Peter Thomson

Environment Editor
Peter Thomson has been covering the the environment for more than 20 years and signed on as The World’s environment editor in 2008.
Peter's a public radio "lifer" who first got hooked on radio journalism in high school, while listening to and then interning with Danny Schechter the News Dissector at Boston's legendary WBCN. After subsequently failing in careers as a housepainter, waiter, bike messenger, oyster shucker and DJ, he eventually found his way back to radio news at WFCR in Amherst, Mass., where he soon became a regular stringer for NPR. After stints at WBUR and Monitor Radio in Boston he really found his groove when he was hired on as the founding editor and producer of NPR’s groundbreaking new environmental news program Living on Earth, in 1991. In nearly 10 years at the program, Peter helped establish Living on Earth as the preeminent broadcast source for environmental news and helped the program earn numerous awards and honors. He also reported for the program on issues from oil and natives on Alaska’s North Slope to solar power development in rural Morocco.
In 2000 Peter left Living on Earth to travel around the world by surface with his brother via Siberia, from which he was lucky enough to escape with enough material to turn into his acclaimed 2007 book Sacred Sea: A Journey to Lake Baikal, about the world's largest and deepest lake. Sacred Sea was dubbed “superb” and “compelling” by the New York Times, but his favorite work to date is his radio documentary about a hot dog stand in Oakland, California, Original Kasper's: The Hot Dog Stand that Saved a Neighborhood.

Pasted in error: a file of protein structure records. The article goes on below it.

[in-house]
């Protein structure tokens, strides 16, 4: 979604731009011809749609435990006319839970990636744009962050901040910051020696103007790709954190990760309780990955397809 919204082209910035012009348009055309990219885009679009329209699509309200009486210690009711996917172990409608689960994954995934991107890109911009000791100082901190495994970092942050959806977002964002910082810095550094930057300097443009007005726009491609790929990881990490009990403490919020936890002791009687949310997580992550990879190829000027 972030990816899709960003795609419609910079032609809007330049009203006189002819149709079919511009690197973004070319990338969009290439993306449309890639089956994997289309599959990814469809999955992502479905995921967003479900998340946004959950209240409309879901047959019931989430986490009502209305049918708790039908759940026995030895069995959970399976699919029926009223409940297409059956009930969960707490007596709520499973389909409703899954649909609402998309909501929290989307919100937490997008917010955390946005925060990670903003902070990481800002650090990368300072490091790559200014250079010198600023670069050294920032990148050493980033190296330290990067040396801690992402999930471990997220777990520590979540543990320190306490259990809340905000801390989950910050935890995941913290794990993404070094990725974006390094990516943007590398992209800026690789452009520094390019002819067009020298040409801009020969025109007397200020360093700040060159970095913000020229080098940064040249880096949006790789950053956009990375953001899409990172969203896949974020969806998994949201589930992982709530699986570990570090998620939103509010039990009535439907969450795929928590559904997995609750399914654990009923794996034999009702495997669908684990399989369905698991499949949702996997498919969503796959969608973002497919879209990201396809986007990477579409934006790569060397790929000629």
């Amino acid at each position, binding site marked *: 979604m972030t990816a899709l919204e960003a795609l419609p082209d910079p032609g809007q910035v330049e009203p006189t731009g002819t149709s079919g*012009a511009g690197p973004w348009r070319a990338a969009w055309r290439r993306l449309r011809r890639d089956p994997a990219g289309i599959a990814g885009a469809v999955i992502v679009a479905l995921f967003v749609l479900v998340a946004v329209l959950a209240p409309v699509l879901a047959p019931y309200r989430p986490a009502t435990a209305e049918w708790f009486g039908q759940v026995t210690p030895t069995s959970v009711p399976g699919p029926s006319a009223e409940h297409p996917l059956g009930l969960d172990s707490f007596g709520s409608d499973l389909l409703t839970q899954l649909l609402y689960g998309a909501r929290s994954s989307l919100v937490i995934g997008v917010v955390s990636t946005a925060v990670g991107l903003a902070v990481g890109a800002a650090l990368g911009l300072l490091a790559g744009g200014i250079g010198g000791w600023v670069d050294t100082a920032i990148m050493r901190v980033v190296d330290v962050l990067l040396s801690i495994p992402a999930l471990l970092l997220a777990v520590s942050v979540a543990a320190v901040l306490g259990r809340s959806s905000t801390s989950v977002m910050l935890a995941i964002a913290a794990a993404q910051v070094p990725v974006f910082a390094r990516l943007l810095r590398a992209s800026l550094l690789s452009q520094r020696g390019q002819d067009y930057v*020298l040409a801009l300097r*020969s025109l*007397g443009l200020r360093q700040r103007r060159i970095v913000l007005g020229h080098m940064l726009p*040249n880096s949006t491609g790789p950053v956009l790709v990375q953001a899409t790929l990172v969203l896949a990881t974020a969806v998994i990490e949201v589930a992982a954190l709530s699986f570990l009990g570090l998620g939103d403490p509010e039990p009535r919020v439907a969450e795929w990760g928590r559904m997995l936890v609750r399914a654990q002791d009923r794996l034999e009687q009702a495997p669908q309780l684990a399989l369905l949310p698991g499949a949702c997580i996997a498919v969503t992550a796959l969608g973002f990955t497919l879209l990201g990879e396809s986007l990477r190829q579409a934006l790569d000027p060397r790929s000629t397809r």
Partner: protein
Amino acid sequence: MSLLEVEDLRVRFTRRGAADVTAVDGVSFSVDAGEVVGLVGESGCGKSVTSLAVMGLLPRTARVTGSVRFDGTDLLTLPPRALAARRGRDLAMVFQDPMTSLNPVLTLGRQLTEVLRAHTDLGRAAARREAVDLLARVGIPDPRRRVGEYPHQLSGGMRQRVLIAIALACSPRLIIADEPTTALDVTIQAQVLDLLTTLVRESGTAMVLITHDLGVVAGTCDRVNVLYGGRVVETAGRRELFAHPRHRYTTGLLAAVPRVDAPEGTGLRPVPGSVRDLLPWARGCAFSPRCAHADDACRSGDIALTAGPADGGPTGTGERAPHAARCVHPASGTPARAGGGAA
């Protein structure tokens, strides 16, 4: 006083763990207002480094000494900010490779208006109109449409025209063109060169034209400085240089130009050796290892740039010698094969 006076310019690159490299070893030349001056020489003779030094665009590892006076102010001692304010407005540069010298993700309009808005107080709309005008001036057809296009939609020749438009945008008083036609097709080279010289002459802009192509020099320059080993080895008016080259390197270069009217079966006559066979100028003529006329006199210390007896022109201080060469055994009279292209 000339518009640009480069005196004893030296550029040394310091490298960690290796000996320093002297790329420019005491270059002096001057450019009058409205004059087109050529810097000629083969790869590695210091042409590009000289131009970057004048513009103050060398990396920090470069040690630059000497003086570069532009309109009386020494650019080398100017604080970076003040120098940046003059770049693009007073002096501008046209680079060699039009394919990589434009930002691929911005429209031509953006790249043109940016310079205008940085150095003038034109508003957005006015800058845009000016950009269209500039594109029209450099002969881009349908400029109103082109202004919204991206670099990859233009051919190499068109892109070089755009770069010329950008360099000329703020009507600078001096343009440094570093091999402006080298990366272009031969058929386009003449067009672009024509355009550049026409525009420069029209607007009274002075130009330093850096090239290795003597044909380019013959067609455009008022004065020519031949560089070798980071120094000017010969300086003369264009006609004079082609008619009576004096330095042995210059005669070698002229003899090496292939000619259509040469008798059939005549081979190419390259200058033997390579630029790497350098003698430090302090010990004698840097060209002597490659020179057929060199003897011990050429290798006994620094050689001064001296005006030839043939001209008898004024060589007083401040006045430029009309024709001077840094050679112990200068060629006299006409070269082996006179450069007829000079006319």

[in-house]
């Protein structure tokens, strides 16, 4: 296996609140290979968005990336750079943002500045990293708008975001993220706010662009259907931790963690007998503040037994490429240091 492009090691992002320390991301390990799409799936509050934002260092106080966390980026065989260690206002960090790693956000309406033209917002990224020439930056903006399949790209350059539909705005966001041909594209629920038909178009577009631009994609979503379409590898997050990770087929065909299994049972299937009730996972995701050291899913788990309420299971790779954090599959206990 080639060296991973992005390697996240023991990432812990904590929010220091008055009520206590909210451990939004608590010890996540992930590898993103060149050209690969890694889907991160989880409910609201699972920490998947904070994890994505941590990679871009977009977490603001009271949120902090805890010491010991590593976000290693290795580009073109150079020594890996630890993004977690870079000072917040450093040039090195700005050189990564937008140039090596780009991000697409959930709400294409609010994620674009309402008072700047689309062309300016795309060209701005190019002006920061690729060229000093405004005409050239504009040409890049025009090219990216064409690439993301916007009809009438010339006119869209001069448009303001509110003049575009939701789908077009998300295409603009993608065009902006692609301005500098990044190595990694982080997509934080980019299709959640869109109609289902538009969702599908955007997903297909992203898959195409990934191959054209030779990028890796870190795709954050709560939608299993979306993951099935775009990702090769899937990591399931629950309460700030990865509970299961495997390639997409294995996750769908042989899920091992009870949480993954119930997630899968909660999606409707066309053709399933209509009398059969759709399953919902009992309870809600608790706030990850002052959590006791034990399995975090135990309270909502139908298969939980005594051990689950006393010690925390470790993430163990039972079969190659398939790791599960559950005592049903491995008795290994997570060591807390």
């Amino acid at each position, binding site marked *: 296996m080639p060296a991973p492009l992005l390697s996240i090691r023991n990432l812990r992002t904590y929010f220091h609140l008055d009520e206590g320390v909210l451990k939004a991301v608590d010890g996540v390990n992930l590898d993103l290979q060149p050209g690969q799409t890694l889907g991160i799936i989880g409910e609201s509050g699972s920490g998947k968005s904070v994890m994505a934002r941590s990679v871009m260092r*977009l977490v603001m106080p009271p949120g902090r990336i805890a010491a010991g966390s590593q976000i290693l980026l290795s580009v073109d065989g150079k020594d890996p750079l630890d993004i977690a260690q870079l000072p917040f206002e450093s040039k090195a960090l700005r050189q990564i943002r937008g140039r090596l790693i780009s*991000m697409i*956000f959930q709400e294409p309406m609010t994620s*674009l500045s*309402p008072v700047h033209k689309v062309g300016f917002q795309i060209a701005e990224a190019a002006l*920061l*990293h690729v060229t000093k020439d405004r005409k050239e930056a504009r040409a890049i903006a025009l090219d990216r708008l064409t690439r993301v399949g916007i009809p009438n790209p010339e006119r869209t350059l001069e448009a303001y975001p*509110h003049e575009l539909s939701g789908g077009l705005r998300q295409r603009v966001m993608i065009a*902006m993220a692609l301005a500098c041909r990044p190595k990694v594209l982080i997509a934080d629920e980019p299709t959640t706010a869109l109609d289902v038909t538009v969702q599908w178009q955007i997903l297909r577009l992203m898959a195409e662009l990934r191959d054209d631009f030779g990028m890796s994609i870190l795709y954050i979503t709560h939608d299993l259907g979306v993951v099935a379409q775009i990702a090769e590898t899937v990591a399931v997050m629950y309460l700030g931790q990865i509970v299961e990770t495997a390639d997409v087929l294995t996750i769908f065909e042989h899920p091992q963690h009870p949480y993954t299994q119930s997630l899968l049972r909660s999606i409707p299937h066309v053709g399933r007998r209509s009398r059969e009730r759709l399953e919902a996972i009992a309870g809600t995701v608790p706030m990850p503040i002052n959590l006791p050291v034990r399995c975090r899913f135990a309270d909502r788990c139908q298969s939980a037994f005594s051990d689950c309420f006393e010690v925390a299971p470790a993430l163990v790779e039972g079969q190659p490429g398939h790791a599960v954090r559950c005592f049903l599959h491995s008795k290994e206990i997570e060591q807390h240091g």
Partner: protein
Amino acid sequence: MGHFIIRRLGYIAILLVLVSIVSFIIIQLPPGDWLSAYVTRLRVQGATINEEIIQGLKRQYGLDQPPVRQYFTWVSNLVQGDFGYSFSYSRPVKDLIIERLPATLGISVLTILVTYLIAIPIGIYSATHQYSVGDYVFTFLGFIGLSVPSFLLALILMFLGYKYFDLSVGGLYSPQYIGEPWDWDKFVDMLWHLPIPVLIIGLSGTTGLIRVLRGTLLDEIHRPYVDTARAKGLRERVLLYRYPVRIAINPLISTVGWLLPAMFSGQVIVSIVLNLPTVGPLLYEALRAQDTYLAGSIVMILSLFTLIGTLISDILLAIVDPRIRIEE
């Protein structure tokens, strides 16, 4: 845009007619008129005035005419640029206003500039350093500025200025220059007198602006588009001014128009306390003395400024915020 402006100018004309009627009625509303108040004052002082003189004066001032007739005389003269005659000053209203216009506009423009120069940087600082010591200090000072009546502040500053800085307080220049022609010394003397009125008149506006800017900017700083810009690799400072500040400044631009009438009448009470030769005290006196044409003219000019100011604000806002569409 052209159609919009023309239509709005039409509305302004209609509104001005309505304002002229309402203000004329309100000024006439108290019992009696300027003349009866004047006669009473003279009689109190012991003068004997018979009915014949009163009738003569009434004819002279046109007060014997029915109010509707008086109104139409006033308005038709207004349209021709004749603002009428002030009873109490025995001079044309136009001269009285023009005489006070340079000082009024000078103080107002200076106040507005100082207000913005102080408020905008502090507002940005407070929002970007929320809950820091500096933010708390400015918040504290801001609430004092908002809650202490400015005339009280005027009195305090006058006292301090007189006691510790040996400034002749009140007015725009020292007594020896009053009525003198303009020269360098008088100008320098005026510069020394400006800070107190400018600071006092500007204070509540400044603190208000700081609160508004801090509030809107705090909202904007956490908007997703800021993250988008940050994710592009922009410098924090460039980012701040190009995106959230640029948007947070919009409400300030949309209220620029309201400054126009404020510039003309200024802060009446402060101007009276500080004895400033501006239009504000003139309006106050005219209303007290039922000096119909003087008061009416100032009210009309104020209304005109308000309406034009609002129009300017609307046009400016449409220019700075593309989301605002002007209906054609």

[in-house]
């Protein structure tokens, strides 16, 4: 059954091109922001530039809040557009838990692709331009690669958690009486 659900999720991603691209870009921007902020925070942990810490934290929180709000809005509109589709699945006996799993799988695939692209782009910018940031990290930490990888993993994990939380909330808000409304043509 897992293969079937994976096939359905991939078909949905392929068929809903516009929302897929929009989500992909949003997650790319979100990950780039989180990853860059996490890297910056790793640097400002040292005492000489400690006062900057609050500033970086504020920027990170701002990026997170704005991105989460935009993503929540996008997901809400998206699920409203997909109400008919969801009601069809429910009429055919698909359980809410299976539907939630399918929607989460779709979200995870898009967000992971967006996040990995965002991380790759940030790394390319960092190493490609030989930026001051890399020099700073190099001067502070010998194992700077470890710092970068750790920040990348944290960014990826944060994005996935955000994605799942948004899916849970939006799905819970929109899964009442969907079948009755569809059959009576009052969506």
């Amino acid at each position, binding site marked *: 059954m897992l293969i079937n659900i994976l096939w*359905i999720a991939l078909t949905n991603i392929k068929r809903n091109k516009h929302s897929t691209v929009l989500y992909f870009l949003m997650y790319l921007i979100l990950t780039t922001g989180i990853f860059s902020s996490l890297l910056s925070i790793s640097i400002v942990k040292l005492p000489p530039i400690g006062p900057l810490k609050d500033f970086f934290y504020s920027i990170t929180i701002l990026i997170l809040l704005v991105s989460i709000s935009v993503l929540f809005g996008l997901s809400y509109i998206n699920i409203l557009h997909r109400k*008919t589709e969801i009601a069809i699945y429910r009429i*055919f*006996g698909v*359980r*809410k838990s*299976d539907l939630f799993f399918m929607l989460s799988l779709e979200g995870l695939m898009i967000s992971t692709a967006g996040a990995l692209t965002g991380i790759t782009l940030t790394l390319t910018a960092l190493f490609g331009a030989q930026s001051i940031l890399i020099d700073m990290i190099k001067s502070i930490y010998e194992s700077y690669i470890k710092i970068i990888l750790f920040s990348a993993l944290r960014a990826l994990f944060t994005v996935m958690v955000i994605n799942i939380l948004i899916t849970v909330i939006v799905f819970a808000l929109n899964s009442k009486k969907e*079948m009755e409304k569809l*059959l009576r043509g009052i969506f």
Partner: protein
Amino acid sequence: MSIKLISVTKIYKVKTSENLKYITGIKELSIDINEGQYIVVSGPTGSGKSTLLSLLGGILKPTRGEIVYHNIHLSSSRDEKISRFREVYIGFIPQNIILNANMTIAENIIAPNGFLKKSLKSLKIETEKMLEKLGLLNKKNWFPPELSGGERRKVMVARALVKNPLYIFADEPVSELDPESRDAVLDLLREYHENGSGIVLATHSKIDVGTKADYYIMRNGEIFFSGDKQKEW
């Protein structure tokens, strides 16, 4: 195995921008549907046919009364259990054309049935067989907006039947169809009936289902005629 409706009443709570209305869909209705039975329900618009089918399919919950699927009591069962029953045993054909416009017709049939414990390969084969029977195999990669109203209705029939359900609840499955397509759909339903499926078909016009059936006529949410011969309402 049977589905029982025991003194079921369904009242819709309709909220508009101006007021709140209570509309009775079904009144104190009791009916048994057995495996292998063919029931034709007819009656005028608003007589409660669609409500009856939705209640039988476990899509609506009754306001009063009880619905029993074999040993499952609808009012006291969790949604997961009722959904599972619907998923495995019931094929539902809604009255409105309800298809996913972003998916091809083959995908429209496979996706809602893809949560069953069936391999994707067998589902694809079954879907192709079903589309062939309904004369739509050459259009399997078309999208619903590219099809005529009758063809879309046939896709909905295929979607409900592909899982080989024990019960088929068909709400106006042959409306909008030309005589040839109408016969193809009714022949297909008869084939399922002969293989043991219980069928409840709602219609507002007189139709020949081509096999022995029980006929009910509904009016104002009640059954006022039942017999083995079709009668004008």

Peter's work has received more than two dozen awards. He’s been a fellow at the MacDowell Colony in New Hampshire, the Rockefeller Foundation’s Bellagio Study and Conference Center in Italy, the National Center for Atmospheric Research, the Marine Biological Laboratory, the Institutes for Journalism and Natural Resources, and the International Reporting Project, with whom he traveled to China in 2010, and 2014 received a fellowship from the Heinrich Boell Foundation to report on advances in renewable energy storage technology in Germany. He served 15 years on the board of Directors of the Society of Environmental Journalists and currently sits on the advisory board of the Metcalf Institute for Marine and Environmental Reporting.
Peter lives in a super-efficient, Deep-Energy-Retrofitted 100 year-old Boston triple-decker with his wife, Edith and his very curious young daughter, Eleanor Rose. He is often found nursing one basketball injury or another but doesn't have the sense to stay off the court.

Recent Stories

Science, Tech & Environment

Donald Trump sees the future in coal. China sees the future in renewables. Who’s making the safer bet?

China says it'll invest an additional $361 billion in renewable energy projects by 2020, and in the process create 13 million new jobs. The move's in sharp contrast to Donald Trump's promise to reinvigorate the coal industry in the US. Mary Kay Magistad of The World's "Whose Century Is It?" podcast says China seems to have a clearer vision of the future.